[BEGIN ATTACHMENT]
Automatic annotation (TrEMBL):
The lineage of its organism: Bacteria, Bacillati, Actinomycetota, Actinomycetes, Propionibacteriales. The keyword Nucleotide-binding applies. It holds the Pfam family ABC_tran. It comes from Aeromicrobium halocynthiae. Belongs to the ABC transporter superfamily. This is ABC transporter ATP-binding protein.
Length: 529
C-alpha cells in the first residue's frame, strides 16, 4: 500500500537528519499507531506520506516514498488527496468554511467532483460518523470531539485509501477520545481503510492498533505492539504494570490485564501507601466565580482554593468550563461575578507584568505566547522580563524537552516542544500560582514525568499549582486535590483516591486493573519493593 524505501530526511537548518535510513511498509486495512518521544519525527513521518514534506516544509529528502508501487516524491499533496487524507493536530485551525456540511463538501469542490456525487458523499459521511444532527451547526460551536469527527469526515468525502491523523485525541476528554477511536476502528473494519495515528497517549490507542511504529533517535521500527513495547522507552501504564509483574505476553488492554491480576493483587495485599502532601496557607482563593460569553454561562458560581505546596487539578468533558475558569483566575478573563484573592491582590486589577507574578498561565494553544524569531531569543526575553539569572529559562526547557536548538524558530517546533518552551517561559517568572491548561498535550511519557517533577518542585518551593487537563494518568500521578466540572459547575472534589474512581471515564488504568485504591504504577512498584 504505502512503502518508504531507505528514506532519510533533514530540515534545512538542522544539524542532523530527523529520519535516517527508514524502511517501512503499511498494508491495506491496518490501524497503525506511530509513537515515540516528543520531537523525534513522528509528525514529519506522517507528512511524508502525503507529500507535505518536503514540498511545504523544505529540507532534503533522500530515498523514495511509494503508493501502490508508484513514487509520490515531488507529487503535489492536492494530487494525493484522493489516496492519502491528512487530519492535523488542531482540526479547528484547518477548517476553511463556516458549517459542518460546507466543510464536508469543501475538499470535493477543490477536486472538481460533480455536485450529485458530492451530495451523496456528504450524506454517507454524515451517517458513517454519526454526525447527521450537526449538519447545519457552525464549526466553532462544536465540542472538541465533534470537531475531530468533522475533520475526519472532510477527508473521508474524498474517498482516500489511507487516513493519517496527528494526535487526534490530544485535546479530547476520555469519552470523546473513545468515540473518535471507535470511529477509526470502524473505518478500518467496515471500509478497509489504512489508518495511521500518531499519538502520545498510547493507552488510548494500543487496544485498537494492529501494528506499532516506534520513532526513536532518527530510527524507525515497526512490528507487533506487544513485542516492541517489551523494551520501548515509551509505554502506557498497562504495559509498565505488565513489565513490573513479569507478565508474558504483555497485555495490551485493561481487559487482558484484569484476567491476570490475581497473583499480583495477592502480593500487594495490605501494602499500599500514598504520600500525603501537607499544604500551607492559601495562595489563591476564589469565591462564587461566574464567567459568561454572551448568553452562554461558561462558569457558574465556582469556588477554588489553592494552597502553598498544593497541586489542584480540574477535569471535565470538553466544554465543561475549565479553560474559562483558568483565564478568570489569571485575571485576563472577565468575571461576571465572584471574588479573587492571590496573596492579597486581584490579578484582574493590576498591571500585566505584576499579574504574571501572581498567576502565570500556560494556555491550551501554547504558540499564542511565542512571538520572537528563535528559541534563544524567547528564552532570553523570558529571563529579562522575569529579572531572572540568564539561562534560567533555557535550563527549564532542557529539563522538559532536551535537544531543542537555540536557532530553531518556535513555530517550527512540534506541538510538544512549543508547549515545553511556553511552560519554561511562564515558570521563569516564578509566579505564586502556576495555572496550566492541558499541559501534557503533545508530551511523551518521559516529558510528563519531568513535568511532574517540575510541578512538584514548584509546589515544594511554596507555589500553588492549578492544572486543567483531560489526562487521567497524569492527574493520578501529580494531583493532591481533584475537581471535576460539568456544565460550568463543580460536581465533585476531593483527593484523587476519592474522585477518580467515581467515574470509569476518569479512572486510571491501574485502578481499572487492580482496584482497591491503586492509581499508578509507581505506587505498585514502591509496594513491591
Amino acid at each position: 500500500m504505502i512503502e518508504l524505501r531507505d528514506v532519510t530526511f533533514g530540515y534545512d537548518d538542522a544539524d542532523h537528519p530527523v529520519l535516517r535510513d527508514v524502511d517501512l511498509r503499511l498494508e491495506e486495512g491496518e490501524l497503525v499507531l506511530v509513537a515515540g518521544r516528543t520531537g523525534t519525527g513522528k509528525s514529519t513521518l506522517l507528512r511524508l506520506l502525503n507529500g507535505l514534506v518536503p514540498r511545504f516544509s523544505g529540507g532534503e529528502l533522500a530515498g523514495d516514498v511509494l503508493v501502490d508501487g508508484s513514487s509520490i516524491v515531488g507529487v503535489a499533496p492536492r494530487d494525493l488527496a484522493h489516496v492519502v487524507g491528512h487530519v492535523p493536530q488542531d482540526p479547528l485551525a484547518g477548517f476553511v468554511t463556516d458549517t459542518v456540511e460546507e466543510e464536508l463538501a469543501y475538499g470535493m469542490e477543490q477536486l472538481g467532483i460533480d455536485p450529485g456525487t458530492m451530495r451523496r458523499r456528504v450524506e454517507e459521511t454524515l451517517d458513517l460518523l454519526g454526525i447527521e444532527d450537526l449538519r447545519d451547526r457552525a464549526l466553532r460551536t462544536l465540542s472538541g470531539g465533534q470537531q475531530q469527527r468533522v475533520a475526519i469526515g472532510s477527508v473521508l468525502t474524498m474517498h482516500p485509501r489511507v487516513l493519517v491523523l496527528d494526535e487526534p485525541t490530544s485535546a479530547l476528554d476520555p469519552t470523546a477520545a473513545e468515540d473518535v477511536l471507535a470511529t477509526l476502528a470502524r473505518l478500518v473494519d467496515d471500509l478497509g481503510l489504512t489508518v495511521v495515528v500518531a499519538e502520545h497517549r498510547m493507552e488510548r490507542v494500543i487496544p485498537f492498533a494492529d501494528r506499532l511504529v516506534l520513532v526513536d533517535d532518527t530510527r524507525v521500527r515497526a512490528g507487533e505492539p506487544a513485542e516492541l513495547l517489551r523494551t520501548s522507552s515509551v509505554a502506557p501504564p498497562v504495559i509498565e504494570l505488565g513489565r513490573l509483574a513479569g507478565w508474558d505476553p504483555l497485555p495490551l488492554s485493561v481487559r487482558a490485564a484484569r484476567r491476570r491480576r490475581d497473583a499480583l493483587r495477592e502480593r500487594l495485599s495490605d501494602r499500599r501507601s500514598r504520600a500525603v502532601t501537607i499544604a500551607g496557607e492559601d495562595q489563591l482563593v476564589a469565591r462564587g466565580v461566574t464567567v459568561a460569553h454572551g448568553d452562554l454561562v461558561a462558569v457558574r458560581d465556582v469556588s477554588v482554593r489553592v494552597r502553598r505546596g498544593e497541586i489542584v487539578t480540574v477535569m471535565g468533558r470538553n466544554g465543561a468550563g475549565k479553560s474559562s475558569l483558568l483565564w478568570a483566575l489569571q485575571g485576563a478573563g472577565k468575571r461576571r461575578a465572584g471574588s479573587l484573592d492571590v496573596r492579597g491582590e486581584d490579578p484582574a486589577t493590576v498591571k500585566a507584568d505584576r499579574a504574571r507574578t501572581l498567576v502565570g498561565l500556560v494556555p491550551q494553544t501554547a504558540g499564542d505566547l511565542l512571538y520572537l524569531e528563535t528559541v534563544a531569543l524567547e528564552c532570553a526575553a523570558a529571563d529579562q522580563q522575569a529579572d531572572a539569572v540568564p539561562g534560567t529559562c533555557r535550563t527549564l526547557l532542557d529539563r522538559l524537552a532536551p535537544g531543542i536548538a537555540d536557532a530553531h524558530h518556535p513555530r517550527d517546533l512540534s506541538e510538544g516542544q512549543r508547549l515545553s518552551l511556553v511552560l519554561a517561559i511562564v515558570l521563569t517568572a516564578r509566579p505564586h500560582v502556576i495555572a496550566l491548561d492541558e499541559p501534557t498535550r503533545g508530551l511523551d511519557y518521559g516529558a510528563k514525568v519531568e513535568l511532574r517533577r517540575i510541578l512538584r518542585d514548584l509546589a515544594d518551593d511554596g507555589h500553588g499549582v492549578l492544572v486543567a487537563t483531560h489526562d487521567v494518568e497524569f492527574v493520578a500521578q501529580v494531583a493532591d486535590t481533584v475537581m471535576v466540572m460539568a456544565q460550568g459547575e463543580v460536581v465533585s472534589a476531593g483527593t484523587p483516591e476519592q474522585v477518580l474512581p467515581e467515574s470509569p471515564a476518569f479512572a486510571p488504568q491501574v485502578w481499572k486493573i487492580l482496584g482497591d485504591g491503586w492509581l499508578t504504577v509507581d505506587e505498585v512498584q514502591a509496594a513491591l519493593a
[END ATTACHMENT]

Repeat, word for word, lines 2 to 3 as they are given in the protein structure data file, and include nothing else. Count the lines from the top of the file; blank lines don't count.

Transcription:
The lineage of its organism: Bacteria, Bacillati, Actinomycetota, Actinomycetes, Propionibacteriales. The keyword Nucleotide-binding applies. It holds the Pfam family ABC_tran. It comes from Aeromicrobium halocynthiae. Belongs to the ABC transporter superfamily. This is ABC transporter ATP-binding protein.
Length: 529